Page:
Gleevec (imatinib mesylate), marketed by Novartis, is an oral medication approved by the U.S. Food and Drug Administration (FDA) for treating certain types of cancer, such as leukemia and gastrointestinal stromal tumors (GISTs).
Gleevec also is being investigated in preclinical studies as a potential treatment for amyotrophic lateral sclerosis (ALS).
How Gleevec works
Gleevec is a tyrosine kinase inhibitor (TKI). Tyrosine kinases are enzymes that activate other proteins by transferring a phosphate group to the protein. This activation is part of a signaling cascade that cancer cells need to grow and multiply. By inhibiting specific tyrosine kinases, Gleevec reduces the growth and proliferation of certain cancer cells.
In ALS patients who have a mutation in the superoxide dismutase (SOD1) gene, SOD1 protein accumulates inside cells and causes damage to motor neurons (nerve cells) that control muscle movement. It has been shown that Gleevec can reduce the levels of faulty SOD1 protein, but it is not understood how Gleevec’s function of inhibiting tyrosine kinases leads to this reduction.
Gleevec in preclinical studies
A study tested four different tyrosine kinase inhibitors, Gleevec, Sprycel (dasatinib), Bosulif (bosutinib), and Tasigna (nilotinib), on mouse cells with a SOD1 mutation. Gleevec, but none of the other three compounds, reduced the amount of faulty SOD1 protein that the cells produced.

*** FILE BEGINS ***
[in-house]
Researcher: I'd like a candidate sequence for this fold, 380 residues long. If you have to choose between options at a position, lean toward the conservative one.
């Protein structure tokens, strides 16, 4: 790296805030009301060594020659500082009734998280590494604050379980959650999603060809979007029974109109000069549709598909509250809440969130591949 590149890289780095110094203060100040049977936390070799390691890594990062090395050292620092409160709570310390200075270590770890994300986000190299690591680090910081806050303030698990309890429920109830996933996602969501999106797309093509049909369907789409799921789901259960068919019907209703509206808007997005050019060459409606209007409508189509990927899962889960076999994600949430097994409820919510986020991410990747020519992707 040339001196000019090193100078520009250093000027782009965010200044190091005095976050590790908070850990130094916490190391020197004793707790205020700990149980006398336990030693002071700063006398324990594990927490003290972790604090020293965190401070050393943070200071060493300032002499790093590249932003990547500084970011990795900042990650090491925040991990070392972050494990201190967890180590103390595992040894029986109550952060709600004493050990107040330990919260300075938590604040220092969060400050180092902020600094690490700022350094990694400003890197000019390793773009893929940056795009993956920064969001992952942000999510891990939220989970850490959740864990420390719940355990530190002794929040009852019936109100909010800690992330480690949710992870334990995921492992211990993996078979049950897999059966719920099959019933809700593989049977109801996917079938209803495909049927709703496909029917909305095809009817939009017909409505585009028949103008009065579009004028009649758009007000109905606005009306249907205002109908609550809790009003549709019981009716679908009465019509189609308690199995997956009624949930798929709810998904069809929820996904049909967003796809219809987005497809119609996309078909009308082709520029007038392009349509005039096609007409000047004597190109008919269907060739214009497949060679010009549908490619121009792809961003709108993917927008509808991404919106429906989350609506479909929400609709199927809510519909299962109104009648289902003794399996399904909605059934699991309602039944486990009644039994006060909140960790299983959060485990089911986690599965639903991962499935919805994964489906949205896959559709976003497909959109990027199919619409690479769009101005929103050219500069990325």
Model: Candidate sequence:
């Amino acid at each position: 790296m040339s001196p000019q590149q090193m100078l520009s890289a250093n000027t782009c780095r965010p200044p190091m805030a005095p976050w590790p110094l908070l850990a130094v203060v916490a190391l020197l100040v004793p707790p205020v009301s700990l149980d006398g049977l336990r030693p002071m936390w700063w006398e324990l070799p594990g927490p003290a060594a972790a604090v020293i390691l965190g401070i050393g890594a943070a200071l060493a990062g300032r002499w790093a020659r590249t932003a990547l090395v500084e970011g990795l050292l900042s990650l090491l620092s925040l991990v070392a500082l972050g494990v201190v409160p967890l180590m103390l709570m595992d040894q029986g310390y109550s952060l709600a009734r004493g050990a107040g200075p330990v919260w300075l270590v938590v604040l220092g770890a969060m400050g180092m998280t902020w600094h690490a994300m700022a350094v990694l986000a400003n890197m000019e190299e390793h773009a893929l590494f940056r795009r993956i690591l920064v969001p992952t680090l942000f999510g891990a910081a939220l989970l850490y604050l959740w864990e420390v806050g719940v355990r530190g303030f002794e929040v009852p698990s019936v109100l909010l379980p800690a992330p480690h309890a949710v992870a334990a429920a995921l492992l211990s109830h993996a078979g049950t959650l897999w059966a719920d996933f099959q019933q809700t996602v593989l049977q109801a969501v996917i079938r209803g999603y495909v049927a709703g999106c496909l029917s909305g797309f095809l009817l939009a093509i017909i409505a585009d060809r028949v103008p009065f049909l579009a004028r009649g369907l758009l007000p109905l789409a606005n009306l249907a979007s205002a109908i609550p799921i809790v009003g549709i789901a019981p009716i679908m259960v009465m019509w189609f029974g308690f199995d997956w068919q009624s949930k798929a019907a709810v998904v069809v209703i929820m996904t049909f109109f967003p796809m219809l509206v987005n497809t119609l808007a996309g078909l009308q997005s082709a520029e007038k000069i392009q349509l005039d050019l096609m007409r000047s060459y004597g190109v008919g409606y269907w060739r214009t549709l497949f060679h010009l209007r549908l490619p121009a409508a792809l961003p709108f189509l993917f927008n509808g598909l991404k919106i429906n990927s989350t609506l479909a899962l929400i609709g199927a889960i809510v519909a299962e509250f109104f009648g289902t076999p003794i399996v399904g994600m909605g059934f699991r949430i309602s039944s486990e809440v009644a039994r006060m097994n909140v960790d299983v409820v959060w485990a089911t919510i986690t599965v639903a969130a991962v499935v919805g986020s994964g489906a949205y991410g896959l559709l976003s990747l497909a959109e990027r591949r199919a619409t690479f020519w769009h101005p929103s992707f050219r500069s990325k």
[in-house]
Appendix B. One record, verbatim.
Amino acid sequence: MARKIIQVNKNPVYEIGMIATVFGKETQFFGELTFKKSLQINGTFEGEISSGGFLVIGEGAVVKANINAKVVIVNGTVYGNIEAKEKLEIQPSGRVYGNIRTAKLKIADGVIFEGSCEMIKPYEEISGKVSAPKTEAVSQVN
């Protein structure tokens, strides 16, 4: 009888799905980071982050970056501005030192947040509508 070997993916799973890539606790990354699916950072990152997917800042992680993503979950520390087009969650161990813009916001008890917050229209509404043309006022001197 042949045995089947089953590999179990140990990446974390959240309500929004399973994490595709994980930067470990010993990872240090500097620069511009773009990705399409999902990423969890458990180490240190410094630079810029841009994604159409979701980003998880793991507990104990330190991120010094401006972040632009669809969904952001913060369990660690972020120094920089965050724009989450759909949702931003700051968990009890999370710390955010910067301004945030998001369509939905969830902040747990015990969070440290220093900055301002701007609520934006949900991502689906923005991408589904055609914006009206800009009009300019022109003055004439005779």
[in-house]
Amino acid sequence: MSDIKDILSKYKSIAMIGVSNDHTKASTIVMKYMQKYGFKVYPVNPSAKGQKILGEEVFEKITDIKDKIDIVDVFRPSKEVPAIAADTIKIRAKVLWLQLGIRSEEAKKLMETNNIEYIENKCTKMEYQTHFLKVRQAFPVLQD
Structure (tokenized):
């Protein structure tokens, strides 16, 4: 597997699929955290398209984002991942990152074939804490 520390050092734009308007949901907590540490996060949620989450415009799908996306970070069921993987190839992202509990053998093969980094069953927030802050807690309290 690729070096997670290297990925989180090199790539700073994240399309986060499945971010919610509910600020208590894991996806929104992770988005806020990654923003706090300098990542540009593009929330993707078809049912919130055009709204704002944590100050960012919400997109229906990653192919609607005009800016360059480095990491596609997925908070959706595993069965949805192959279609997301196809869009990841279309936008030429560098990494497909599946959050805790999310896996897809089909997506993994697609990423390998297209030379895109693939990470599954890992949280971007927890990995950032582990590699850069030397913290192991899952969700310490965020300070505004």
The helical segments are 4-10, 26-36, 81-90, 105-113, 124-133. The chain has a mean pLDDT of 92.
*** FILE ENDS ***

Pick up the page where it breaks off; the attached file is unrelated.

The researchers then tested Gleevec in an ALS mouse model with the same mutation. Twelve to 14 mice received a daily dose of 2.5 mg per kg of body weight of Gleevec, starting at age 60 days, which is approximately 30 days before symptoms are expected to arise. Gleevec treatment significantly delayed the onset of symptoms, slowed disease progression, and extended the life span of the mice.
The dosage of 2.5 mg/kg corresponds to a dose of 188 mg for an adult weighing 75 kg. For cancer treatment, Gleevec is used at a similar dose range of 200-800 mg per day.
The safety profile of Gleevec in humans is known through its use as a cancer treatment. However, clinical trials are necessary to investigate whether ALS patients with a SOD1 mutation can benefit from Gleevec, and which dose is most effective.
Gleevec can cause side effects, such as bleeding problems, blurred vision, dizziness, headaches, irregular heartbeat, seizures, and mood changes.
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